Steve has been playing trumpet professionally for over 20 years. Early in his career he performed with and learned from some of the best musicians in the Albany area including Nick Brignola, Mike Canonico, Rennie Craine, Mike Wicks, George Muscatello, and Brian Patneaude.
Steve moved to New York in 1999 to pursue a Bachelors Degree in Mechanical Engineering from Columbia University. After graduating he worked in the office of Second Floor Music for two years as assistant to world-renowned jazz trumpet player/arranger/producer Don Sickler. This office was on 28th St, formerly tin pan alley. While on staff at Second Floor, he interacted with such legends as Jim Hall, Renee Rosnes, Charli Persip, Ray Bryant, and Rudy Van Gelder, and worked on many SFM publications including "The Thelonious Monk Fake Book", "Sing Jazz!", and Charli Persipi's "How Not To Play Drums." Steve also freelanced around Manhattan, working at such jazz clubs as Kavehaz, Louis, and The Garage, and honed his chops while frequenting many jazz jams around the city including those at Smoke, The Lenox Lounge, Smalls, and Cleopatra's Needle.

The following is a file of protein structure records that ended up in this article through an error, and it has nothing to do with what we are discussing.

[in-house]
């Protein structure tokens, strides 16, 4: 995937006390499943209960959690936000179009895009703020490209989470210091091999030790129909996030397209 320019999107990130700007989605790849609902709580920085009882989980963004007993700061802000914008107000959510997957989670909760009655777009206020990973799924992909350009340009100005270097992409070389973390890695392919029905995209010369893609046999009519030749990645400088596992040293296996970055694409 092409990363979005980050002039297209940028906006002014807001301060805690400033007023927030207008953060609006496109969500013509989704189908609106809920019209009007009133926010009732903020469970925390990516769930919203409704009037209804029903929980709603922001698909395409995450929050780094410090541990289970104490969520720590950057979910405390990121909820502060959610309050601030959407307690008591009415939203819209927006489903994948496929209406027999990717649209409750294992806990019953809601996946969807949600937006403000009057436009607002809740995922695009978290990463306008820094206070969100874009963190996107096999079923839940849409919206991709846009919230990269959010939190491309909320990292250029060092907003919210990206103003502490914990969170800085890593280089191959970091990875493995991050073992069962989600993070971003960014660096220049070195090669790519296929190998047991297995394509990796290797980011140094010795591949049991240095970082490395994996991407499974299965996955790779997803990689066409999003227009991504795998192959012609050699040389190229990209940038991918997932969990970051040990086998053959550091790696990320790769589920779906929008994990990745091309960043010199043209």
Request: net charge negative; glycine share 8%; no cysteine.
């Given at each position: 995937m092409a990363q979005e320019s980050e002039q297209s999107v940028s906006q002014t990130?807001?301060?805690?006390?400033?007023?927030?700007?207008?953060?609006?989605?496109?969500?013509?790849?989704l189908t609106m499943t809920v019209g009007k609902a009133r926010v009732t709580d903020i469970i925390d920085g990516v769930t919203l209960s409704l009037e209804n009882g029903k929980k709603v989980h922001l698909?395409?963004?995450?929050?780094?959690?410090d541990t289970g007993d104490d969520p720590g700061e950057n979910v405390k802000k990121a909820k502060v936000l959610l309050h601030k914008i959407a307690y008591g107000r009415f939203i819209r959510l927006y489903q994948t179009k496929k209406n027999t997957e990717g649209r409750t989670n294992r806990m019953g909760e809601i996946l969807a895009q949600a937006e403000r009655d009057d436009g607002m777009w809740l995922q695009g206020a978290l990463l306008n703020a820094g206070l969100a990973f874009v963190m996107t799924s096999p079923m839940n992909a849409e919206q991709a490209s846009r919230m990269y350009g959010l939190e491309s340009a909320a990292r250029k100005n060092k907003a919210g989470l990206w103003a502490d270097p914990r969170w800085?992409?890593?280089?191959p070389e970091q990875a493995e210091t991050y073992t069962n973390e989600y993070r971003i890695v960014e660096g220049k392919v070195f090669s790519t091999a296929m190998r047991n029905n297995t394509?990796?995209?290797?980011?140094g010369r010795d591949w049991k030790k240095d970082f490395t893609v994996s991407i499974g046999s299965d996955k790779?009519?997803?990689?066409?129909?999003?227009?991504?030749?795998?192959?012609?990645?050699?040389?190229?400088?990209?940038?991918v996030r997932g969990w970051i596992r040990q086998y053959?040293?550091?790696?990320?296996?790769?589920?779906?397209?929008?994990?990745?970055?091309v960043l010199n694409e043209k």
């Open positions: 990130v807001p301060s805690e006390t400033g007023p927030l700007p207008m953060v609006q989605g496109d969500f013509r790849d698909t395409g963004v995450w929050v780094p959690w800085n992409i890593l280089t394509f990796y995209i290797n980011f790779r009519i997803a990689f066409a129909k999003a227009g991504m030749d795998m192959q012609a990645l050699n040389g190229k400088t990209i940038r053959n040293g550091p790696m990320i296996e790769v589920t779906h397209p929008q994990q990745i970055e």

Steve has been hired to perform with: Curtis Fuller, Fathead Newman, Claudio Roditi, Brent Fisher, Vince Dimartino, Ray Vega, Allen Ferber, Lee Konitz, John Fedchock, Rufus Reid, Frank Stallone, The Temptations, The Four Tops, Aretha Franklin, Gladys Knight, Kristin Chenoweth, Johnny Mathis, and Frankie Valli. He was on staff in the pit of The Cohoes Music Hall from 2004-2006 where he played 2nd trrumpet for West Side story, lead trumpet for A Chorus Line, Annie, La Cage Au Follex, and Ain’t Misbehavin’. He currently performs with: the Empire Jazz Orchestra, the Big Soul Ensemble, the Sensameya Latin Jazz Band, the Ragtime Windjammers, the Phil Allen Concert Jazz Band, The Silver Arrow Band, Mike Thomas, The Downtown Horns, the George Muscatello Quartet, the Dave Fisk Quartet as well as many projects under his own name.
"The music is pumped full of life by a young leader full of talent and passion, and by a white-hot band that can show respect while they’re having fun – not to be confused with ‘screwing around.’” J Hunter (All About Jazz)
"The Lambert Sextet could have played Carnegie Hall or Lincoln Center, and nobody there in attendance would have been asking where’s Wynton, Branford, Redman, Watts, Werner or whoever. This was the real deal.” Reviewer Andrzej Pilarczyk